Every business is different, so a legal expert will be able to let you know the right ones for your venture. Legal agreements don’t just help your business comply with consumer regulations, they can also make a huge difference in providing protection for your business. It’s a worthy investment – talk to us about getting yours today. 

Does Consumer Law Apply To Businesses As Well? 

The ACL isn’t just there to protect the rights of consumers, it also looks out for small businesses as well. Not all the provisions in the ACL will apply to businesses – although that doesn’t mean your business doesn’t have these rights, it just means they’ll likely be provided by a different set of regulations. 

For businesses, the ACL mainly protects them by ensuring consumer guarantees and prohibiting unfair contract terms. 

Businesses obviously don’t just sell, they need to make purchases too. This could be products, supplies and even services. Like any other consumer, businesses are entitled to the basic rights that come with making a purchase or engaging a service. Therefore, it’s not just consumers that are entitled to protection under consumer guarantees, businesses are to.  

In addition to consumer guarantees, the ACL looks out for small businesses by strictly banning the use of unfair terms in standard form contracts. As such, if your small business signs a contract that is considered to be standard form, it will be protected by the ACL provisions.

In 2023, the law regarding unfair contract terms was updated. If you’re not familiar with the new rules, you can read up on it in our article: Changes To Unfair Contract Term Laws Taking Place In November 2023

What Is The Role Of The ACCC In Protecting Consumers?

When it comes to the ACL and consumer protection laws, the ACCC is one of the most important departments you need to be aware of. The Australian Competition and Consumer Commission (ACCC) is the main agency appointed to enforce the ACL. 

The ACCC has a number of different roles, a few of them include: 

  • Providing information regarding the ACL
  • Setting product standards and recalling unsafe products where necessary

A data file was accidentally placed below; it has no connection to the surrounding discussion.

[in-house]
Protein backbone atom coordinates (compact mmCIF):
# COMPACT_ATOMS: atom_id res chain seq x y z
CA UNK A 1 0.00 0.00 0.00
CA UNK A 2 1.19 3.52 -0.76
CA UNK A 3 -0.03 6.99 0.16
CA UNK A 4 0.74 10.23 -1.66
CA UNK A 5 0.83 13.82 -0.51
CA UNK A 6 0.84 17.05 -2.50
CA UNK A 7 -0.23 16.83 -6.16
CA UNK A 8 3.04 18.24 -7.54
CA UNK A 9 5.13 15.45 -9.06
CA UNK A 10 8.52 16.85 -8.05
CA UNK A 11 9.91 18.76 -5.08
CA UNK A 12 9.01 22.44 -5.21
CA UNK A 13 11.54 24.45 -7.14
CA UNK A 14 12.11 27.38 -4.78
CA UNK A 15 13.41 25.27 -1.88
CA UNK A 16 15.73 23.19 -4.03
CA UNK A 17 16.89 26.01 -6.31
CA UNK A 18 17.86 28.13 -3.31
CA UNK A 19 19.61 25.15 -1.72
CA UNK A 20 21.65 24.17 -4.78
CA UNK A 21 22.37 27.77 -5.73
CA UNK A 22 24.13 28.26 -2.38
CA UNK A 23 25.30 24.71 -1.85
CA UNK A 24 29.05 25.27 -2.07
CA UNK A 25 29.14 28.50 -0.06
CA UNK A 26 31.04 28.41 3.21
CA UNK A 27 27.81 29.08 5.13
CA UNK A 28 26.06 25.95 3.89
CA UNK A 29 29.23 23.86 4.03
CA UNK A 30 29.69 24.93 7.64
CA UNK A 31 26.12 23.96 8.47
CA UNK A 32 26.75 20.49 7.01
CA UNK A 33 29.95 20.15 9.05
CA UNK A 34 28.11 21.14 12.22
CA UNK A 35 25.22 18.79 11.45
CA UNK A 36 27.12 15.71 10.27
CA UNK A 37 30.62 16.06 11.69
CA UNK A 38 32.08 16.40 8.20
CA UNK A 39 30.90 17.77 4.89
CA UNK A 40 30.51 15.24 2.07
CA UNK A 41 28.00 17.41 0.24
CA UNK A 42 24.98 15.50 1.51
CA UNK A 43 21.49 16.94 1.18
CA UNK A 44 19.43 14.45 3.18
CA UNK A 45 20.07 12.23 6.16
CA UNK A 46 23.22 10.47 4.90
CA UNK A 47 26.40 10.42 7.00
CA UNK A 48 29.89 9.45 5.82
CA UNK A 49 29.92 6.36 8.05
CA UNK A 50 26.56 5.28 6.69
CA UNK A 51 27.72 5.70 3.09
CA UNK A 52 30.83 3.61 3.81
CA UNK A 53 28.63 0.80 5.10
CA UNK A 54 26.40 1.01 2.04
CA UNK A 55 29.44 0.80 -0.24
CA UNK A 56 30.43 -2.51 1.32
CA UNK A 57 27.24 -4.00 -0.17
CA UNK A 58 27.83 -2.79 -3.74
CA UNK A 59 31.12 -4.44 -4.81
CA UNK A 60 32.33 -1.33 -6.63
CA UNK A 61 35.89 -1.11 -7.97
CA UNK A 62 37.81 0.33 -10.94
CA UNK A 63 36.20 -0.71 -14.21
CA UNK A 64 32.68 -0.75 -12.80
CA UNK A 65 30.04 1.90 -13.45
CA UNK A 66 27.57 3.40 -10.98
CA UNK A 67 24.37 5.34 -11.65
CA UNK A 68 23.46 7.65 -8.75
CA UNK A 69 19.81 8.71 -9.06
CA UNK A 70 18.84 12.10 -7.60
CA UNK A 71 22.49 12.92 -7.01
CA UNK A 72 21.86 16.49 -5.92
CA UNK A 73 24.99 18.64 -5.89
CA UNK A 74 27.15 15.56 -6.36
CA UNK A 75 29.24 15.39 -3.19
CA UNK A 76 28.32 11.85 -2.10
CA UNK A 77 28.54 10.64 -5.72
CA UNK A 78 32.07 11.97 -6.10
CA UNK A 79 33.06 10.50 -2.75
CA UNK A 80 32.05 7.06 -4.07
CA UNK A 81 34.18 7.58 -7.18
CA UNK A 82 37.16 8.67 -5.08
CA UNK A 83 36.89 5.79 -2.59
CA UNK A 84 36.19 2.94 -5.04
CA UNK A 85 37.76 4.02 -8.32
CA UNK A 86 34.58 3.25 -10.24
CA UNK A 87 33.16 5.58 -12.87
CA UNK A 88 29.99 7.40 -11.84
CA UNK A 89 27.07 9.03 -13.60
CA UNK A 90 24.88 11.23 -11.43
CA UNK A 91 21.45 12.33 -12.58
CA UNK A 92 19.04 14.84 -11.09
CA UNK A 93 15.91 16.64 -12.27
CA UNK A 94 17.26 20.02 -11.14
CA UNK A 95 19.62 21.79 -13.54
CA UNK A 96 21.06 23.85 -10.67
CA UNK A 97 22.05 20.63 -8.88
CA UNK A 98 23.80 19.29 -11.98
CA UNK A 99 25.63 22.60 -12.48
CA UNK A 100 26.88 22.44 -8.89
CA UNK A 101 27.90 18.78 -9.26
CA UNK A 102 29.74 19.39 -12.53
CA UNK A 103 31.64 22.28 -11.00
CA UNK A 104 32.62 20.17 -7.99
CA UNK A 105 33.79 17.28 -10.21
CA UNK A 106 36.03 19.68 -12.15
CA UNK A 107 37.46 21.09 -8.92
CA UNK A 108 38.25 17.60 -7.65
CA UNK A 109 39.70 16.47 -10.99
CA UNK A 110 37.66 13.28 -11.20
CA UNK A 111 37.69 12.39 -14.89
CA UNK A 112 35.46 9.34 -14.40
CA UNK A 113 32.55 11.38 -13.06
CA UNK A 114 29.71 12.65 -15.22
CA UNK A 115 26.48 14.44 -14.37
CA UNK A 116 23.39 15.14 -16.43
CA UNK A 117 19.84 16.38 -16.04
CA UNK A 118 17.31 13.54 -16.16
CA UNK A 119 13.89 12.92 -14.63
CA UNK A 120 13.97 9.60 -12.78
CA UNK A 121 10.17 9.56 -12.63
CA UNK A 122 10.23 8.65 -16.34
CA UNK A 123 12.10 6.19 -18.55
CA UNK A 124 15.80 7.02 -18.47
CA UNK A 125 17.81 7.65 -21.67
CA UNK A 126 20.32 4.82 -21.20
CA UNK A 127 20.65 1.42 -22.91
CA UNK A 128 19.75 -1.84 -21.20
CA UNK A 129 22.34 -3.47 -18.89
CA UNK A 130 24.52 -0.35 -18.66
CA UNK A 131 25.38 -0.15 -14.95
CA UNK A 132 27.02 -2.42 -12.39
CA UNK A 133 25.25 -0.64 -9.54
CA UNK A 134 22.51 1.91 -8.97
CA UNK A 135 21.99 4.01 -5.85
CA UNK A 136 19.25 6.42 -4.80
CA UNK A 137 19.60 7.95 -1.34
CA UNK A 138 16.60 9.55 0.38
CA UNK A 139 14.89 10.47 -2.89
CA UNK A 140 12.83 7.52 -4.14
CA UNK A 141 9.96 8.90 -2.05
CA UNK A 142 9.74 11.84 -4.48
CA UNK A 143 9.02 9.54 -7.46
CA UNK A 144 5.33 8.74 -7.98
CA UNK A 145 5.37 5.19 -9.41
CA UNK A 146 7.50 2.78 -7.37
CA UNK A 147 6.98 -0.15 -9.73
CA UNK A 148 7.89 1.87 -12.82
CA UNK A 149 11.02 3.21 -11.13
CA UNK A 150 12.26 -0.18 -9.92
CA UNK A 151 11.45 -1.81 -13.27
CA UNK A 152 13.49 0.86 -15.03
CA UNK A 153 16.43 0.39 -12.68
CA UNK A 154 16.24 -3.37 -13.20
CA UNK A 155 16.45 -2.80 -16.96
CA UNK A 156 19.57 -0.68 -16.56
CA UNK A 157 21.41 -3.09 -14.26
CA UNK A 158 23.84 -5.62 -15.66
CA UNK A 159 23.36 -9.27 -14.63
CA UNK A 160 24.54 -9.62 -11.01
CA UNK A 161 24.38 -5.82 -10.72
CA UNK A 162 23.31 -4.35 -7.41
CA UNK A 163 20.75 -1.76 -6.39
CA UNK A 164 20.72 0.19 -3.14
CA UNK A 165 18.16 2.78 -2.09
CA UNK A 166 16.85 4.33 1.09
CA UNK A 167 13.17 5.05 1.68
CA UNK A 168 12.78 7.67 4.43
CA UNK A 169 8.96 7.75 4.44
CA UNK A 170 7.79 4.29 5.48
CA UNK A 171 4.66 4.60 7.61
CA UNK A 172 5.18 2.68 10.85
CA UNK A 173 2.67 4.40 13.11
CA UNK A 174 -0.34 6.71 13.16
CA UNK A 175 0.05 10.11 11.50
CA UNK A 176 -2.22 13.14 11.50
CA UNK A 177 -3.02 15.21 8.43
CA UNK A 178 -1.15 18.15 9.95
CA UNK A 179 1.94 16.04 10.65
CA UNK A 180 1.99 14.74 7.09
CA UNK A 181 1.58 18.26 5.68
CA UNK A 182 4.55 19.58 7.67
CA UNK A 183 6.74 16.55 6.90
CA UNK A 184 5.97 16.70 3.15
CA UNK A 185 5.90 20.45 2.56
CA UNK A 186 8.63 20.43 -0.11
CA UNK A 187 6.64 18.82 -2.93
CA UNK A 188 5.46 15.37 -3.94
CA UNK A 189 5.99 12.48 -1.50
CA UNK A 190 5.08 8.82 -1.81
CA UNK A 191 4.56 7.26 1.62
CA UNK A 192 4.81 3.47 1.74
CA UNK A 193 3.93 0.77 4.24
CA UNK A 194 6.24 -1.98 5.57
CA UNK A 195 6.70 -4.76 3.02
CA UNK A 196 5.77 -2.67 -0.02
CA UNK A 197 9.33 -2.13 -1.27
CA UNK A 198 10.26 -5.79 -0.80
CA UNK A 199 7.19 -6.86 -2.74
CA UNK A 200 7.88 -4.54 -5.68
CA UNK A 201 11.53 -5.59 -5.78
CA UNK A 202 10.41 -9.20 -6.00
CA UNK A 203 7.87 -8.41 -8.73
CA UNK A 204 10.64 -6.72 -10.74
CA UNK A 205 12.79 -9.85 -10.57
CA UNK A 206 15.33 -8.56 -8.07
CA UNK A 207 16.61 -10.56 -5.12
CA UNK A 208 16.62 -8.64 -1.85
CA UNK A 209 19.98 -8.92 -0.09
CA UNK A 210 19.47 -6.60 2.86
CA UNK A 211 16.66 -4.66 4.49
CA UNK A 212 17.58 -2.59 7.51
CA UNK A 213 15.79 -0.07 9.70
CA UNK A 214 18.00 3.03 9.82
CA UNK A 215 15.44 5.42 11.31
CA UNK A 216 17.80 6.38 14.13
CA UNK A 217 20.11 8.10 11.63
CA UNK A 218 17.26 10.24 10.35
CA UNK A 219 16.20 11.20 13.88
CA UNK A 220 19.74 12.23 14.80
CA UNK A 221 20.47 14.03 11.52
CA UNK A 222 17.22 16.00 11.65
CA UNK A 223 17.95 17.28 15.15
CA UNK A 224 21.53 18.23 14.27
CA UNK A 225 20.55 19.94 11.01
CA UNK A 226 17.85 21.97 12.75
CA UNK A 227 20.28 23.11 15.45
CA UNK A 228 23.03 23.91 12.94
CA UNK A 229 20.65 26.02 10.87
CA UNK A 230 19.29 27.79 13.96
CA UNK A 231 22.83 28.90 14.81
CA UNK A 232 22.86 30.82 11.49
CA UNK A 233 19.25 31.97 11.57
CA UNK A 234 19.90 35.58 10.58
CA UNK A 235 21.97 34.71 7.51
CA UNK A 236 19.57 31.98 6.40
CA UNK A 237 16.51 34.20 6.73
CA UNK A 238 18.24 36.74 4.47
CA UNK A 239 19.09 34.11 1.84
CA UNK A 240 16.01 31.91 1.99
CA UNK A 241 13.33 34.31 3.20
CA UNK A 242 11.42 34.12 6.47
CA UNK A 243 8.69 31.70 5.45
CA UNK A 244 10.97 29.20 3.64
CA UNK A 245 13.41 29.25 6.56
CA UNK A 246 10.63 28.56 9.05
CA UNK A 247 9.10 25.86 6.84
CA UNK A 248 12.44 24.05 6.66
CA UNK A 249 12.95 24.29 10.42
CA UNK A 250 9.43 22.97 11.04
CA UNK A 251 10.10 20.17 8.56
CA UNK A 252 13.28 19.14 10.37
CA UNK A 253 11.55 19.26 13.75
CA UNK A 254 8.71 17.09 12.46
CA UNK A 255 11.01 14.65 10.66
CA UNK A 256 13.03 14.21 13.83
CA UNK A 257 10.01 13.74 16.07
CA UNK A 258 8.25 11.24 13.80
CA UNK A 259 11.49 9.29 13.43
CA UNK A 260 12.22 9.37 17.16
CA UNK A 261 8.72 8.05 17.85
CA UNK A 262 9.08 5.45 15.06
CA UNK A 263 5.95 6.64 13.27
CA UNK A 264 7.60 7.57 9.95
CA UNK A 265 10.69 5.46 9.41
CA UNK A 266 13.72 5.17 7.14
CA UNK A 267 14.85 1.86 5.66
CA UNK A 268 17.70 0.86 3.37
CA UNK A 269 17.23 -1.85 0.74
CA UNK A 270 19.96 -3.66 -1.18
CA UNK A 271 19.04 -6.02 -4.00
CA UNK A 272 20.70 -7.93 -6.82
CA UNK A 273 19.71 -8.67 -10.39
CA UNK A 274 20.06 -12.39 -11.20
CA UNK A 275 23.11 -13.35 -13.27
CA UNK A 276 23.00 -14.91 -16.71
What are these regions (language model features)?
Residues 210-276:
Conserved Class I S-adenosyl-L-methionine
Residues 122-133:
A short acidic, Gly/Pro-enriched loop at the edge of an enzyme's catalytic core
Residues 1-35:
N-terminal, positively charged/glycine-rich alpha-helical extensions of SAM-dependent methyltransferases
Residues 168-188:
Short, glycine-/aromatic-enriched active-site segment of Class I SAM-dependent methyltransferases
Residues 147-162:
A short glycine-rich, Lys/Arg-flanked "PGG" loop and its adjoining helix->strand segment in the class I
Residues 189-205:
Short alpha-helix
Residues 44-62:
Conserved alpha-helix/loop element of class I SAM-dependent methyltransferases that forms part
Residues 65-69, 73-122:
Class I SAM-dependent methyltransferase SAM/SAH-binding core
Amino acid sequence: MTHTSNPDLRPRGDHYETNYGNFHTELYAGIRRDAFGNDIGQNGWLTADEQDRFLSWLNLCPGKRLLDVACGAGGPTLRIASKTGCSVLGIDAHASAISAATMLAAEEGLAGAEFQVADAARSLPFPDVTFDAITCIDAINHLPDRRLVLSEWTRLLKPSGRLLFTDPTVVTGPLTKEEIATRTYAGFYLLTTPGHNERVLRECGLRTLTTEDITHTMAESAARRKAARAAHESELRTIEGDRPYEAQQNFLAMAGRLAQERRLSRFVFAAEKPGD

• Investing claims made for a breach of the ACL
  • Reviewing mergers and acquisitions to assess their impact on the market 
  • Addresses potentially anti-competitive behaviour 

Essentially, the ACCC keeps an eye on the commercial market for any breaches of the law. If you happen to breach any ACL regulations, you may end up hearing from the ACCC when an investigation starts – however it’s best not to let it get to this stage and talk to a legal expert about your ACL obligations.  

We also recommend staying updated on any ACCC related news, as the consumer market is always evolving and changing. If you have a Sprintlaw Membership, then we’ll keep you updated on everything ourselves.  

Next Steps 

The ACL plays a key role in providing the legal framework for consumer rights in Australia. Businesses need to be familiar with the ACL so they can be aware of their responsibilities under it. To summarise what we’ve discussed: 

  • Australian consumer rights are governed by the Competition and Consumer Act 2010, specifically the Australian Consumer Law (ACL) provisions 
  • The ACL is applicable nationwide and businesses must adhere to its rules for acceptable conduct
  • The ACL covers aspects such as consumer guarantees, unfair business practices, misleading conduct, unconscionable conduct, product safety, pricing and payment, advertising, promotions and unsolicited sales
  • Business owners should consider legal instruments like customer contracts, disclaimers, service agreements, website copy review, and unsolicited consumer agreements to comply with consumer laws
  • The ACL also protects small businesses by ensuring consumer guarantees and prohibiting unfair contract terms in standard form contracts
  • The Australian Competition and Consumer Commission (ACCC) plays a vital role in enforcing the ACL, providing information, setting product standards, investigating breaches, reviewing mergers, and addressing anti-competitive behaviour

If you would like a consultation on Australian consumer rights and business responsibilities, you can reach us at 1800 730 617 or for a free, no-obligations chat.